production.  These changes are in 365 (a) and (d).                                                                              
                                                                                                                                
Another section regarding oil and gas that's different provides                                                                 
that the University doesn't receive any oil and gas revenues for                                                                
five years after the effective date of this act.  The University                                                                
could select lands that are subject to other leases and sales; for                                                              
example, timber sales.  The State would continue to get the                                                                     
revenues because they are the ones who issued the lease and were                                                                
managing the land.                                                                                                              
                                                                                                                                
SENATOR TAYLOR congratulated Mr. Luckhaupt on doing a good job of                                                               
rewriting the bill and correcting a lot of problems that were in                                                                
the previous legislation. He said the format flows and makes some                                                               
sense.  It also complies with a lot of requests they have received                                                              
from the Department of Natural Resources.                                                                                       
                                                                                                                                
Number 200                                                                                                                      
                                                                                                                                
SENATOR PARNELL asked what other kinds of leases could the land be                                                              
subject to and the University still be able to select it.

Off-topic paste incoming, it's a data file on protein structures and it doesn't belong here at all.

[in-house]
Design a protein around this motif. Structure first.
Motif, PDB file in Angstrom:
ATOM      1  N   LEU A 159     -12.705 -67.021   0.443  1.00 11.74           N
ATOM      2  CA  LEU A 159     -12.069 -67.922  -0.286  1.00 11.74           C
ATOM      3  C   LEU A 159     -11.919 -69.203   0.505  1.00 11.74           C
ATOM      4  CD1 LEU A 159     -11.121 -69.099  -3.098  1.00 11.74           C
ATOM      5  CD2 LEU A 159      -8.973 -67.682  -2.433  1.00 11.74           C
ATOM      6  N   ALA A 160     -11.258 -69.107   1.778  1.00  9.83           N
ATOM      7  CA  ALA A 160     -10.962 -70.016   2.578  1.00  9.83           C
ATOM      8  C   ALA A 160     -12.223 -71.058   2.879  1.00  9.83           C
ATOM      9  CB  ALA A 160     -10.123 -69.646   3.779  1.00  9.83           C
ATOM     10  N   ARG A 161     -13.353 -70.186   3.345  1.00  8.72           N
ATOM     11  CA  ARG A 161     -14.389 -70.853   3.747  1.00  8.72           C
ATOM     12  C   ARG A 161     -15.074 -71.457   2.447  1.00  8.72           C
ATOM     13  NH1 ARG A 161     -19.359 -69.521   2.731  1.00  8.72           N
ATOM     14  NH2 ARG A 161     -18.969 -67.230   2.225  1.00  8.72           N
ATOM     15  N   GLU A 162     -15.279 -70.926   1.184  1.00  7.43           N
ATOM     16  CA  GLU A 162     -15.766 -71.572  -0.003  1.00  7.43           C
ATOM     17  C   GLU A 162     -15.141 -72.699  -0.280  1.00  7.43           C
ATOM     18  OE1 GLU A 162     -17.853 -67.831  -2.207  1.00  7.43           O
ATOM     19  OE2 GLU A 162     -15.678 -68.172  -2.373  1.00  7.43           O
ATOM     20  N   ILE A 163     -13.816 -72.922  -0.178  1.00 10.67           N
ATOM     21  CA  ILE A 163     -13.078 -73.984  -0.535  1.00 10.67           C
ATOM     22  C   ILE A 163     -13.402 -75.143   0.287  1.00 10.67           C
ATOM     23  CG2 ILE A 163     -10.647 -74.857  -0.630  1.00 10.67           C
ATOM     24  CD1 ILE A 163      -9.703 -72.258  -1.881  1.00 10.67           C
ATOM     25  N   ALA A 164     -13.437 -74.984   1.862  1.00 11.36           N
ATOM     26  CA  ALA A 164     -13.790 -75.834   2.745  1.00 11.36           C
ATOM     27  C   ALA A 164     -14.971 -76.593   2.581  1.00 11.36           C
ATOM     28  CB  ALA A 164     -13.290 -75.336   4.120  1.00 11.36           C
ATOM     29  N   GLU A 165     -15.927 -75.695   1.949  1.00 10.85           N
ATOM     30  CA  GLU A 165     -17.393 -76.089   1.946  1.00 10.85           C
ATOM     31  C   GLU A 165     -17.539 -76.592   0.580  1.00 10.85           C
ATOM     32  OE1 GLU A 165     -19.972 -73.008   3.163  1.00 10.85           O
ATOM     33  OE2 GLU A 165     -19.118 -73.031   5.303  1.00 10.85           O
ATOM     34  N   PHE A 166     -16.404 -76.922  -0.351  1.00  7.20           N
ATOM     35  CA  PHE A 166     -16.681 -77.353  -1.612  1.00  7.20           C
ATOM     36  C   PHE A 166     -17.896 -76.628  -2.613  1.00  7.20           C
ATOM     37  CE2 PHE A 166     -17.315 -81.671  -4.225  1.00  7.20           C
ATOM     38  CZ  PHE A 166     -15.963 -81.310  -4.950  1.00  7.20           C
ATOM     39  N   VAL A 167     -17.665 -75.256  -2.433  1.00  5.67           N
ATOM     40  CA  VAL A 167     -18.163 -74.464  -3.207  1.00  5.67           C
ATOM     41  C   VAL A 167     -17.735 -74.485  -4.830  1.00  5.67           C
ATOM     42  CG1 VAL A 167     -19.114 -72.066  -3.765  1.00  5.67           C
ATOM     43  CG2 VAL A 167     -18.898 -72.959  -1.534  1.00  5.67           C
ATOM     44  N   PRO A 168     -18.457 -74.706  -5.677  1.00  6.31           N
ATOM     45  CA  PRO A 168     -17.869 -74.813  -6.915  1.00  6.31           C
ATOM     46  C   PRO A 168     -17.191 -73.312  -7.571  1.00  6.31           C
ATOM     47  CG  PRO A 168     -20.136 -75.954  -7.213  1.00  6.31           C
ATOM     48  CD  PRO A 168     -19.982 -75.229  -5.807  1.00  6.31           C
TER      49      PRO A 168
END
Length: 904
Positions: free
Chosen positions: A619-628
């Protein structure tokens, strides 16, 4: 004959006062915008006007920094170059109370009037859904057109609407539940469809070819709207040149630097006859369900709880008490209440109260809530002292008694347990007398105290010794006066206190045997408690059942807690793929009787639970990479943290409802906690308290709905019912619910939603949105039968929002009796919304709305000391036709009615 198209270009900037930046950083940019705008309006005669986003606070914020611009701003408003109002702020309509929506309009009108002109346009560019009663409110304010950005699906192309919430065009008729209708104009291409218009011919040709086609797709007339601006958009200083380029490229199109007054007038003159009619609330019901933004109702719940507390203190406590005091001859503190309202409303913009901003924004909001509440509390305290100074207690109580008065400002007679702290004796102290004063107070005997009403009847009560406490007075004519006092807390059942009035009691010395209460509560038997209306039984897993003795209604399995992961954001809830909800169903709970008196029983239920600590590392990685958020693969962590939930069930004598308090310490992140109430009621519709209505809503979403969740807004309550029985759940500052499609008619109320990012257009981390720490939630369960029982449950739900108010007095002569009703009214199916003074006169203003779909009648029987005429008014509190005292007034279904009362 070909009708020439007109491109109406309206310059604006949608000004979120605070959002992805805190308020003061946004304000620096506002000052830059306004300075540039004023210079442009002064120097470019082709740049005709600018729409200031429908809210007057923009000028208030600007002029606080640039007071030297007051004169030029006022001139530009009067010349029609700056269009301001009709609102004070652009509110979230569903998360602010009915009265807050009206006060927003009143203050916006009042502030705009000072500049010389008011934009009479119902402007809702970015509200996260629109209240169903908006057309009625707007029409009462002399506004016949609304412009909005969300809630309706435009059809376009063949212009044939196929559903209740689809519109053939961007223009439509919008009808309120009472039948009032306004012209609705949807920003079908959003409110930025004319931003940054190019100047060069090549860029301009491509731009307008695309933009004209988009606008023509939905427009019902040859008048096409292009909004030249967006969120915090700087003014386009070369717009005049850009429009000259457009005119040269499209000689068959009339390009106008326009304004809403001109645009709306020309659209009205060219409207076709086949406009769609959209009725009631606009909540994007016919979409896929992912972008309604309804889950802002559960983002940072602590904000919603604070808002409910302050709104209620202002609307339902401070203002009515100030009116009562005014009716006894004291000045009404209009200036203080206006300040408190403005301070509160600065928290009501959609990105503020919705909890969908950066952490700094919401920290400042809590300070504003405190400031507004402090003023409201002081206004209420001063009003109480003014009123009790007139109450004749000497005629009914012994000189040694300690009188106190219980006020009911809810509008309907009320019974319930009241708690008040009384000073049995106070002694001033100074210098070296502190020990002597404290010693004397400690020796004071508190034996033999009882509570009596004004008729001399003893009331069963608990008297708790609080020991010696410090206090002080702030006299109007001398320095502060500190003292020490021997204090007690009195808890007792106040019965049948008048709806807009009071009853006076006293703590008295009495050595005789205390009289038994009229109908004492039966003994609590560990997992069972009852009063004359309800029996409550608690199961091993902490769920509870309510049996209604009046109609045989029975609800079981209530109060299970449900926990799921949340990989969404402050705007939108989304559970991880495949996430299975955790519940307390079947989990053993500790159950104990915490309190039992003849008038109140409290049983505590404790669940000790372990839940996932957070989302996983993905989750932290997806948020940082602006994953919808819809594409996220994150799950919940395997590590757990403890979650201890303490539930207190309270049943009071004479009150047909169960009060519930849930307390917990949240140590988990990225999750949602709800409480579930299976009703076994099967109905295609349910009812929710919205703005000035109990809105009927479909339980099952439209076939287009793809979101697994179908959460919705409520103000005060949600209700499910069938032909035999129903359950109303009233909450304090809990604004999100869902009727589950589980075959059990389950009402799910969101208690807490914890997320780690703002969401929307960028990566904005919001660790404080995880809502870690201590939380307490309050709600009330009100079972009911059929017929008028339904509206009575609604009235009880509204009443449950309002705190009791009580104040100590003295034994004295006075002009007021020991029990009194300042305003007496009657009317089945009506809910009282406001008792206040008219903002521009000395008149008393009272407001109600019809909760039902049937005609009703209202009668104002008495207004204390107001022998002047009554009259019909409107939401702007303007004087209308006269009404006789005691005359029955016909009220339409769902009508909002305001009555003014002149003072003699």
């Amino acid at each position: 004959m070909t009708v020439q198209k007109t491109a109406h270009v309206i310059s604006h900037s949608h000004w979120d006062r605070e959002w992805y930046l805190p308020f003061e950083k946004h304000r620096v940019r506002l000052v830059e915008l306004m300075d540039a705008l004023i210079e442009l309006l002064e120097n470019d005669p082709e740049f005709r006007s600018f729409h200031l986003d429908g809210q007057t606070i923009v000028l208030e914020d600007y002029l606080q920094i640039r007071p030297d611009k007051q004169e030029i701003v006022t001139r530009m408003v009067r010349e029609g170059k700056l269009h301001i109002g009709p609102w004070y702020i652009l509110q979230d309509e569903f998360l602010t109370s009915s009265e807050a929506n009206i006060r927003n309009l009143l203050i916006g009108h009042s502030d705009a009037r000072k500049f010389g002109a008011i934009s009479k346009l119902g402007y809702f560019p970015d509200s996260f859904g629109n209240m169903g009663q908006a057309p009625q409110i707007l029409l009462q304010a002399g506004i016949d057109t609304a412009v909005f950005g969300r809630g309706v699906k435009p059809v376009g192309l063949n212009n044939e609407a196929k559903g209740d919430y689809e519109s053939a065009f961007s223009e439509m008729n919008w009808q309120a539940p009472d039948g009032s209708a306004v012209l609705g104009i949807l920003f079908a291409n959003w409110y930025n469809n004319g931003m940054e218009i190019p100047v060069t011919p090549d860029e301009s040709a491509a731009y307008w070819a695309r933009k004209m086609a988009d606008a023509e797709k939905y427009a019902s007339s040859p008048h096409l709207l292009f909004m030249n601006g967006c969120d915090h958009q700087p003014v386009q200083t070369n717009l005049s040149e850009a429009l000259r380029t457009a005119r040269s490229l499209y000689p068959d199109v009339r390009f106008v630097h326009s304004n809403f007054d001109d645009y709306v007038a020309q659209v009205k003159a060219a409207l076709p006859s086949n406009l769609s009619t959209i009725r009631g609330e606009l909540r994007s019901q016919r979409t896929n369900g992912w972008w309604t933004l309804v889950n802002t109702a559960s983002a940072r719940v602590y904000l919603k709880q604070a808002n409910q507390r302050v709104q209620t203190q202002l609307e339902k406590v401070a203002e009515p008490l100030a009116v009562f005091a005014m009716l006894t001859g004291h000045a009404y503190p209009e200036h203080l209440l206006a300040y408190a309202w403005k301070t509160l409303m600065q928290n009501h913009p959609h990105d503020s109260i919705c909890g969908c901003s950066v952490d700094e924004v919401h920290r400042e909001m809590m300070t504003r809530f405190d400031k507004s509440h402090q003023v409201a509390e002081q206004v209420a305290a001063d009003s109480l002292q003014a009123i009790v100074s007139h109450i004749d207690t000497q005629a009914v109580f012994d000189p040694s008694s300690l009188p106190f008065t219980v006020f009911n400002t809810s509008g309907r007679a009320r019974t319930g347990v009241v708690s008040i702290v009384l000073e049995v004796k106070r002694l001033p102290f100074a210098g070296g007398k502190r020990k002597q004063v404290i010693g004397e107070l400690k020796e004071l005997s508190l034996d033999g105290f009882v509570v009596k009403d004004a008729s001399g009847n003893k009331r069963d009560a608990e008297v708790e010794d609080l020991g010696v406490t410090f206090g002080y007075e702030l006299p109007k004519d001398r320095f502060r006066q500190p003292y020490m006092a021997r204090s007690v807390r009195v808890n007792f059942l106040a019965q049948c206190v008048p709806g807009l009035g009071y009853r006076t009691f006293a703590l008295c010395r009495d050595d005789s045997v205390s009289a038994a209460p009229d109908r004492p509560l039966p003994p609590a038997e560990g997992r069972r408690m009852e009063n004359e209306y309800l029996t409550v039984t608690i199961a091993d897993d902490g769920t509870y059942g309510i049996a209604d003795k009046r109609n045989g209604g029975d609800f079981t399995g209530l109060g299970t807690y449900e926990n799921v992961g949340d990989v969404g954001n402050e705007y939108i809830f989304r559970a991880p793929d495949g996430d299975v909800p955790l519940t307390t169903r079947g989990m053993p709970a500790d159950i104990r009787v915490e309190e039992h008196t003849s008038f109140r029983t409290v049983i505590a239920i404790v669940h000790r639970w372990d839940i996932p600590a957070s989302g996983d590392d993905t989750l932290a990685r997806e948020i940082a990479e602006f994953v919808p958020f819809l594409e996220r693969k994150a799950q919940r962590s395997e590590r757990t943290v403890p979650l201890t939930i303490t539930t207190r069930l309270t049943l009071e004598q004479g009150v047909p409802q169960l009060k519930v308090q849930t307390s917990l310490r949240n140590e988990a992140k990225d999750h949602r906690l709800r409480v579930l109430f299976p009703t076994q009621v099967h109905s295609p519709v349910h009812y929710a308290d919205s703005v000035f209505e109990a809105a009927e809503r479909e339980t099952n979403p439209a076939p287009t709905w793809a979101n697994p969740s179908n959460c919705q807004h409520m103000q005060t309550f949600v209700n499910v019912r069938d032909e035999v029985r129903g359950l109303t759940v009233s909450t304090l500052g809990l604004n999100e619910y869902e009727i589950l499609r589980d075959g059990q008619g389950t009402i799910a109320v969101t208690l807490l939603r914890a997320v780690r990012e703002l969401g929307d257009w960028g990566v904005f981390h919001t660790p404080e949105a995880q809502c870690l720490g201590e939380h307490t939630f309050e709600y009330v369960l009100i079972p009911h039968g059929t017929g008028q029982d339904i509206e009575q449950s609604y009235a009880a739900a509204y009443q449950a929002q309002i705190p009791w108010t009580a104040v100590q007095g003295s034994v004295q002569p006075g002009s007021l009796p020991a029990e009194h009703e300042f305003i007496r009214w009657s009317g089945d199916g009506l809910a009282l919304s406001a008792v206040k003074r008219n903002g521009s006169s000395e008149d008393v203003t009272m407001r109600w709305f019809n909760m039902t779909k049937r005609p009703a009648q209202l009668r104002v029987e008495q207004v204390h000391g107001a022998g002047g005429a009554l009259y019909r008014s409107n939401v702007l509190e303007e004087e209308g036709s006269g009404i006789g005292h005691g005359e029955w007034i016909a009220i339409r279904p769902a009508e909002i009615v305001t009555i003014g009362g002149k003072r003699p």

MS. KROGSENG suggested grazing leases.                                                                                          
                                                                                                                                
MR. LUCKHAUPT suggested recreational sights, non-profits,                                                                       
easements, and rights-of-way.  He didn't think the University would                                                             
want to select lands that were subject to encumbrances like those,                                                              
however.                                                                                                                        
                                                                                                                                
On page 10, line 6 the bill deals with encumbrances.  During the                                                                
term of the lease the University doesn't get management of the                                                                  
land.                                                                                                                           
                                                                                                                                
MS. KROGSENG explained that the new draft tries to be more                                                                      
consistent with general principals of land management.                                                                          
                                                                                                                                
MR. LUCKHAUPT explained that he tried to come up with a process                                                                 
where the revenues went with whomever was managing the land.                                                                    
                                                                                                                                
Number 350